Cisco has added its weight to the growing consensus that a recession has a knock-on effect of driving up cybercrime as redundant employees resort to using technology to hit back at employers and gain sensitive information.
There have already been warnings from security specialists that internal threats are on the rise, but the networking vendor is also drawing attention to the threat in its half-year security report.
One of the areas of particular risk highlighted by Cisco is the use of short-term IT staff and contractors.
The Cisco mid-year report also warns against web 2.0 applications and the growing use of phising to gain access to users' financial information. But it had some upbeat views on the efforts of law-enforcement agencies to tackle the problem.
"As predicted in the Cisco 2008 Annual Security Report, attacks are only becoming more sophisticated and targeted as we move through 2009 and the global recession. However, while cybercrime is more pervasive, there are encouraging signs that increased collaboration among the 'good guys' is not only making it more difficult for attacks to take root and grow, but also helping to bring criminals to justice," said the vendor.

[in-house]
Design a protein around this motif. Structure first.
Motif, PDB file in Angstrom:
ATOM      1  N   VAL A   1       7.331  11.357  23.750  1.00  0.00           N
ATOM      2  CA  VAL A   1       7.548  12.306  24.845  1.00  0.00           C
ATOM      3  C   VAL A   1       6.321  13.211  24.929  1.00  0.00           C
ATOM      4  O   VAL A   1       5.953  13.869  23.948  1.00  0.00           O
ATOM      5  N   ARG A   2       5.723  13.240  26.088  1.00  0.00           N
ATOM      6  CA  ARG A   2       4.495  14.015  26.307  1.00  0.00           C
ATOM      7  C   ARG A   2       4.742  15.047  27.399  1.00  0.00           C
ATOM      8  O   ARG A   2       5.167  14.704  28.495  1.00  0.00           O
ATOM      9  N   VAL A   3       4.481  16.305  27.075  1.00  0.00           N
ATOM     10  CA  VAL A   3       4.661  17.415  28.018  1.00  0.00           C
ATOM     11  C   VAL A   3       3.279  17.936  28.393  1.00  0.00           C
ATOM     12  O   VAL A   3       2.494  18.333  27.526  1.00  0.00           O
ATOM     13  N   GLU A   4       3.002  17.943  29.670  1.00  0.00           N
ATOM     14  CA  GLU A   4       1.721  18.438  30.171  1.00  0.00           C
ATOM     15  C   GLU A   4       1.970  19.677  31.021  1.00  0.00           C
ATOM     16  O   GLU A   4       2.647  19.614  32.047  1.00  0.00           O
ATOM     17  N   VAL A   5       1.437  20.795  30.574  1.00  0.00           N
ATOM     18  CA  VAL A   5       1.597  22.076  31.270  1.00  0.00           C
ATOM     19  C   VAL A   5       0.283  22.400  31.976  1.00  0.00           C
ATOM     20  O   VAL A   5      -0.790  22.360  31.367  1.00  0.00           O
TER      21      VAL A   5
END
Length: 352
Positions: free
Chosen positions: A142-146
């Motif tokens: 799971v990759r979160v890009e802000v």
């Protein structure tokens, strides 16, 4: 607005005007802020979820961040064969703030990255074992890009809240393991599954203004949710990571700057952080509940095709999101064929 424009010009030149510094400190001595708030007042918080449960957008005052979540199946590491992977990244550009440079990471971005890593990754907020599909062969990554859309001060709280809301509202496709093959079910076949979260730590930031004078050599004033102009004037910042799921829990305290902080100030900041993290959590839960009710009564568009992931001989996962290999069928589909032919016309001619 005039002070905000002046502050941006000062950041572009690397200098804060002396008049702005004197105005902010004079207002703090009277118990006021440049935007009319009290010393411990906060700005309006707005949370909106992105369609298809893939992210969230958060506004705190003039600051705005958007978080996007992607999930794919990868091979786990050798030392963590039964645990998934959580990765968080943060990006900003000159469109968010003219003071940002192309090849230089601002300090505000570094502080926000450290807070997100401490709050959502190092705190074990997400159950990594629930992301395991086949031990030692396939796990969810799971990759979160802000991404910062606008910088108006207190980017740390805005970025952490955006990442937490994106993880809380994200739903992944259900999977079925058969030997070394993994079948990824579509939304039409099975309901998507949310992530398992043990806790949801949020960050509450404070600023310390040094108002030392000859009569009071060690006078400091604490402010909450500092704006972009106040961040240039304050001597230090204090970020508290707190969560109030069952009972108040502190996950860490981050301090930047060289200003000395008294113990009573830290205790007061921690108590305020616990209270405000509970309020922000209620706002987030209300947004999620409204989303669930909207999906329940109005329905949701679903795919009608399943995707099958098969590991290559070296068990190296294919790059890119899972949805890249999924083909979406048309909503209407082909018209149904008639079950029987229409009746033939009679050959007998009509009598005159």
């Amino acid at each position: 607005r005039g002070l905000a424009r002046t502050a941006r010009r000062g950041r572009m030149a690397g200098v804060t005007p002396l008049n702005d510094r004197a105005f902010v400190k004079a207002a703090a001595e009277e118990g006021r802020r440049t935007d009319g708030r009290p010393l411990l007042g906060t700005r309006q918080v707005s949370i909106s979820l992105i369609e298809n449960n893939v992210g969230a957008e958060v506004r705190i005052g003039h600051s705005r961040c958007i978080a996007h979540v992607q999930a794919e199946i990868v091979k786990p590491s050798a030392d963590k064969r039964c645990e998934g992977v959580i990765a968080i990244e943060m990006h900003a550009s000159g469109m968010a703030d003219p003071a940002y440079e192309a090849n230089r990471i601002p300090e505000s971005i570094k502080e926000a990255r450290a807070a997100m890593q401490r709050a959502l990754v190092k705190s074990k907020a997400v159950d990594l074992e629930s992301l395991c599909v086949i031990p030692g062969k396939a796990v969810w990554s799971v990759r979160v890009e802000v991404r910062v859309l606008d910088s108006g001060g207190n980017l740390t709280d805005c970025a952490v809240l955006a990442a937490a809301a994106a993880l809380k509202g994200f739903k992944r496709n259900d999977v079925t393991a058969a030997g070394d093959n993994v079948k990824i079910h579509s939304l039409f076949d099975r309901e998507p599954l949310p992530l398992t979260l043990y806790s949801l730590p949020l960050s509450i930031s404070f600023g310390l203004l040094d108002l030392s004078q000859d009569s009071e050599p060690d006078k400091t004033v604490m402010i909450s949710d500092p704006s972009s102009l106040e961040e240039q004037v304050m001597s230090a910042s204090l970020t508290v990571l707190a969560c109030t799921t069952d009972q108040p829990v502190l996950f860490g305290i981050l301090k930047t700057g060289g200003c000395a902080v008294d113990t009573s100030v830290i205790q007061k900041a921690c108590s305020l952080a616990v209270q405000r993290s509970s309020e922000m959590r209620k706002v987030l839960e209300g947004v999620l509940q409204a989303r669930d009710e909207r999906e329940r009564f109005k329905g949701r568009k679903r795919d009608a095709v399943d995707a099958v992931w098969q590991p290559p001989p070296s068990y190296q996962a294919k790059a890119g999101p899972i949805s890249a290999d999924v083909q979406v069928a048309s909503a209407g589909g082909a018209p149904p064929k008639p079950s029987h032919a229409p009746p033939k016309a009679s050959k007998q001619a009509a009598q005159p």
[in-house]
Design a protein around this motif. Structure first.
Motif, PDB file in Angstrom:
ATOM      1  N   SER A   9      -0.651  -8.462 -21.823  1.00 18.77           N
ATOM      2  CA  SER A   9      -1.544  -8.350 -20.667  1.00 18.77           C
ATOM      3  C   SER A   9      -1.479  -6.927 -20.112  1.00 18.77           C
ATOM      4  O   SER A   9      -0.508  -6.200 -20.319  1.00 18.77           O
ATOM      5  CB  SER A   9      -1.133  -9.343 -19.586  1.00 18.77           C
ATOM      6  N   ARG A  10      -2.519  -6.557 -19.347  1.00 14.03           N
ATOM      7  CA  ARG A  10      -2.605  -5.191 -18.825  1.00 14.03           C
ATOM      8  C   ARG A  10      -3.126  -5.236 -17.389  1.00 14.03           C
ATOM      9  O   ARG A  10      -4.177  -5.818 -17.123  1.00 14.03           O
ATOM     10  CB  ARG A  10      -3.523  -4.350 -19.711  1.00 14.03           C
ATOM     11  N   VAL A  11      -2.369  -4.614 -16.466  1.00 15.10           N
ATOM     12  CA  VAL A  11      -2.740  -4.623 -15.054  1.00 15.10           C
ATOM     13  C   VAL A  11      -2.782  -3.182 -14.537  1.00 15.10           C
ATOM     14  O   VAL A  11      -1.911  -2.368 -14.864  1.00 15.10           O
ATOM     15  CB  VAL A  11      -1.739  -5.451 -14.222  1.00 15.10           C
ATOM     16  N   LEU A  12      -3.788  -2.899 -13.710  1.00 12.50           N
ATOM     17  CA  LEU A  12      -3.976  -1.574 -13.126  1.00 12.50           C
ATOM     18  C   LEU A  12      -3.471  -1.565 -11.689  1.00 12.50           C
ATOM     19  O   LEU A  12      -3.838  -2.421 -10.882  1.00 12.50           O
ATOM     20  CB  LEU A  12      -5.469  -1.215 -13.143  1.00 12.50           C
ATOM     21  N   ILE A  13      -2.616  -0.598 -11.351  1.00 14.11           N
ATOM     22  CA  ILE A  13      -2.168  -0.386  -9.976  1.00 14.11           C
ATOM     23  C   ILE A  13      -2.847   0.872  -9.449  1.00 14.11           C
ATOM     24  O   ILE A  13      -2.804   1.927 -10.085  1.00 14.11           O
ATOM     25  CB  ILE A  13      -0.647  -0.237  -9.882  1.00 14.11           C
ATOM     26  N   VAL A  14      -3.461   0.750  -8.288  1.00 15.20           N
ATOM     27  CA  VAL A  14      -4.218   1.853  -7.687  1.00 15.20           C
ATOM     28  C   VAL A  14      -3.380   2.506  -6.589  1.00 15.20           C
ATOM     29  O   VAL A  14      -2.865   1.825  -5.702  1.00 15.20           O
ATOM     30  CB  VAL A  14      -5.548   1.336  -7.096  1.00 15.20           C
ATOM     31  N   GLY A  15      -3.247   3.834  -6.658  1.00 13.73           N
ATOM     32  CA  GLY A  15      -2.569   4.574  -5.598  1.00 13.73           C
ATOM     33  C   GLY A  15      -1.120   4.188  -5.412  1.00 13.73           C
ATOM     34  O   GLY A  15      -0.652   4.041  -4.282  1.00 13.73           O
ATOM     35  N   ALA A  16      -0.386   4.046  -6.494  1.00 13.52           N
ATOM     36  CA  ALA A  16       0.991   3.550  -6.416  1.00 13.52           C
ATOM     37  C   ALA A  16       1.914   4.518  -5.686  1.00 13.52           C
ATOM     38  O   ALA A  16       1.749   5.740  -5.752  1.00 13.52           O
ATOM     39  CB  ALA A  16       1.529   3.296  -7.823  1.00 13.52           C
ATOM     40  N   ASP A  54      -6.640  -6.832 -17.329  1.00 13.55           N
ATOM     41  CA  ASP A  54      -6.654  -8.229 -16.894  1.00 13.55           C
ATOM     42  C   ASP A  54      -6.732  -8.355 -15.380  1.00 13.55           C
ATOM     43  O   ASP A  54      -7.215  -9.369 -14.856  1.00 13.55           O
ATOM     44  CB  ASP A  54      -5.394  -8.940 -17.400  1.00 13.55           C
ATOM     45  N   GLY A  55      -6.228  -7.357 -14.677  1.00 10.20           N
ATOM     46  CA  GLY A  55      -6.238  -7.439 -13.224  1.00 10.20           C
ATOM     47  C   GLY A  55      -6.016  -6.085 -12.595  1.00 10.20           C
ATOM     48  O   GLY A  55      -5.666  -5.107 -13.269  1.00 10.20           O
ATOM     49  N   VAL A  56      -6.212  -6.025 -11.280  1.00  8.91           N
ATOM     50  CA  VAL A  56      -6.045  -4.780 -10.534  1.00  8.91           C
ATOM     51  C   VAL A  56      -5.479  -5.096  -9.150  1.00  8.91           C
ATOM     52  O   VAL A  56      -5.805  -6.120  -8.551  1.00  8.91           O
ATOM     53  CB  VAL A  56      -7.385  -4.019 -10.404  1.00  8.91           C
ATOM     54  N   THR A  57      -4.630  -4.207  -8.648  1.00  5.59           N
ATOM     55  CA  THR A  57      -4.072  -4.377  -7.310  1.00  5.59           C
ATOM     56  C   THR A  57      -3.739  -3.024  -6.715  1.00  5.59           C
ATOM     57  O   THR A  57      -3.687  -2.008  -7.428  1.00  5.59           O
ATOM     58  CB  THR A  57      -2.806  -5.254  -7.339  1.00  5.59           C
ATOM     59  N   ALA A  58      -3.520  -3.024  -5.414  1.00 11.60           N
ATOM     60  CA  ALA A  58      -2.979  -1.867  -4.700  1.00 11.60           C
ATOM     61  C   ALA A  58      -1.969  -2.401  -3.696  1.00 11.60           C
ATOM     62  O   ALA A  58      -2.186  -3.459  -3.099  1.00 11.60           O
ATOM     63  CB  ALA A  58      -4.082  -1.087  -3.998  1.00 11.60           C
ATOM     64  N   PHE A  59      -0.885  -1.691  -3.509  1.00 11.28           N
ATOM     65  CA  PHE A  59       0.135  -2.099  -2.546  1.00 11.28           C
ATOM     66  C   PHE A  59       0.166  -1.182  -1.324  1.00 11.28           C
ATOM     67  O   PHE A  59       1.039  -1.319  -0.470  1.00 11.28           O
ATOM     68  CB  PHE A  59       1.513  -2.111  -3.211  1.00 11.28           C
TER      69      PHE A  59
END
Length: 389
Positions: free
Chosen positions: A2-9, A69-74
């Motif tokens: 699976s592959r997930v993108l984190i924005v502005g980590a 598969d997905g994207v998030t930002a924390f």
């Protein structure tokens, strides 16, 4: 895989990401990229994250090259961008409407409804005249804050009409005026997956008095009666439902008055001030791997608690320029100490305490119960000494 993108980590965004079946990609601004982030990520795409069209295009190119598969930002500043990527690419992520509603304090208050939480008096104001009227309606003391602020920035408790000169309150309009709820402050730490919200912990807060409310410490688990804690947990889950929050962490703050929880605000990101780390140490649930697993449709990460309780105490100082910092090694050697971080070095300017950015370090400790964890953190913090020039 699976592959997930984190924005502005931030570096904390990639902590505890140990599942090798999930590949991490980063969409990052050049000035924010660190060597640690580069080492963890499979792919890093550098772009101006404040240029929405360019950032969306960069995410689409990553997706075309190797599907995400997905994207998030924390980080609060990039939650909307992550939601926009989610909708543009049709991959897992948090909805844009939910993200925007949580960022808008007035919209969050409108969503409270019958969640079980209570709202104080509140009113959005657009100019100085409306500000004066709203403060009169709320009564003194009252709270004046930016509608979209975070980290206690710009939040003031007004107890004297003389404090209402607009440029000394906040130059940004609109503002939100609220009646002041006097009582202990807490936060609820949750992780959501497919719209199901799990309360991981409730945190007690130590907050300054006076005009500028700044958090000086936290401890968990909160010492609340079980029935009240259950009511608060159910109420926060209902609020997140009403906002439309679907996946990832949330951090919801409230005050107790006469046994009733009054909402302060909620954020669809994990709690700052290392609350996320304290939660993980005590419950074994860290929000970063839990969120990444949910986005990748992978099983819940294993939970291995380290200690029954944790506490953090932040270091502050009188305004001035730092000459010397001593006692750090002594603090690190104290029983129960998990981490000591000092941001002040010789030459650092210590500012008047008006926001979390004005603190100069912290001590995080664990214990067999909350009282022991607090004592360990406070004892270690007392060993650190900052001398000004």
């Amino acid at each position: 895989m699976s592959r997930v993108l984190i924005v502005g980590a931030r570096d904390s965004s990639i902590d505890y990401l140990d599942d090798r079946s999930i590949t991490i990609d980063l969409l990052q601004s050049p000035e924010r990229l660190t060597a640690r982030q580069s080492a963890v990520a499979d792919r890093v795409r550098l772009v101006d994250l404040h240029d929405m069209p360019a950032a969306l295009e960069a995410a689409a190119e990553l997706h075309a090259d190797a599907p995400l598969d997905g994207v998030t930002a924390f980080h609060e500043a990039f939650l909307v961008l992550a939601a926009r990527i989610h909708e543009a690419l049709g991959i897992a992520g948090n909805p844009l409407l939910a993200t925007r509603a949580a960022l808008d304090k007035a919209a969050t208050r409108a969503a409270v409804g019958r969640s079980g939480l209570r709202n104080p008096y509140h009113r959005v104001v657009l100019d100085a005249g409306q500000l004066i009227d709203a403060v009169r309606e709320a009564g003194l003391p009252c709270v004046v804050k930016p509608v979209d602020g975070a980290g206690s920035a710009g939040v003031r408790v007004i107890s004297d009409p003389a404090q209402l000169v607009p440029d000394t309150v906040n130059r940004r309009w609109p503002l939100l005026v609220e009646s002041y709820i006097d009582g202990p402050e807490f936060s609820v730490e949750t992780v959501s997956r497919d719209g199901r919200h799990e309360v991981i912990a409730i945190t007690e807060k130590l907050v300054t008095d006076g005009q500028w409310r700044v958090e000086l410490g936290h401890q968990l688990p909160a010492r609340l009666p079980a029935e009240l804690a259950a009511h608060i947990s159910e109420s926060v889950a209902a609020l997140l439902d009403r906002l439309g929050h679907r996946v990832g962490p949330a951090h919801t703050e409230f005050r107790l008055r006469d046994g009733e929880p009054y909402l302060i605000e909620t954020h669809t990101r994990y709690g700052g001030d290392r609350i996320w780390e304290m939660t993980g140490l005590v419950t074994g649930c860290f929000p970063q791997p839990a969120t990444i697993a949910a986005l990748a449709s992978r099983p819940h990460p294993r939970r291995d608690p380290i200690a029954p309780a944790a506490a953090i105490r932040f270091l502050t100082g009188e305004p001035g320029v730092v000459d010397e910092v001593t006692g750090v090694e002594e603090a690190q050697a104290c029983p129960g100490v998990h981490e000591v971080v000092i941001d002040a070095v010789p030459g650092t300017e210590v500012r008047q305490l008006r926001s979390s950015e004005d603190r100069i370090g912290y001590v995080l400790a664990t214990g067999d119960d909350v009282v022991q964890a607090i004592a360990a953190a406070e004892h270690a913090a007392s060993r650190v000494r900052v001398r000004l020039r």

There has been an on-going problem in raising the internal threat issue with customers, and in April research from GFI highlighted not just a widespread customer failure to comprehend the internal threat but also to keep a handle on backing up and archiving data.
The survey found that 50% of employers did not view staff departures and the potential for data loss or theft as a problem. In addition, 21% of those quizzed revealed they had no way of tracking critical data to pin down where it was at any given point in time.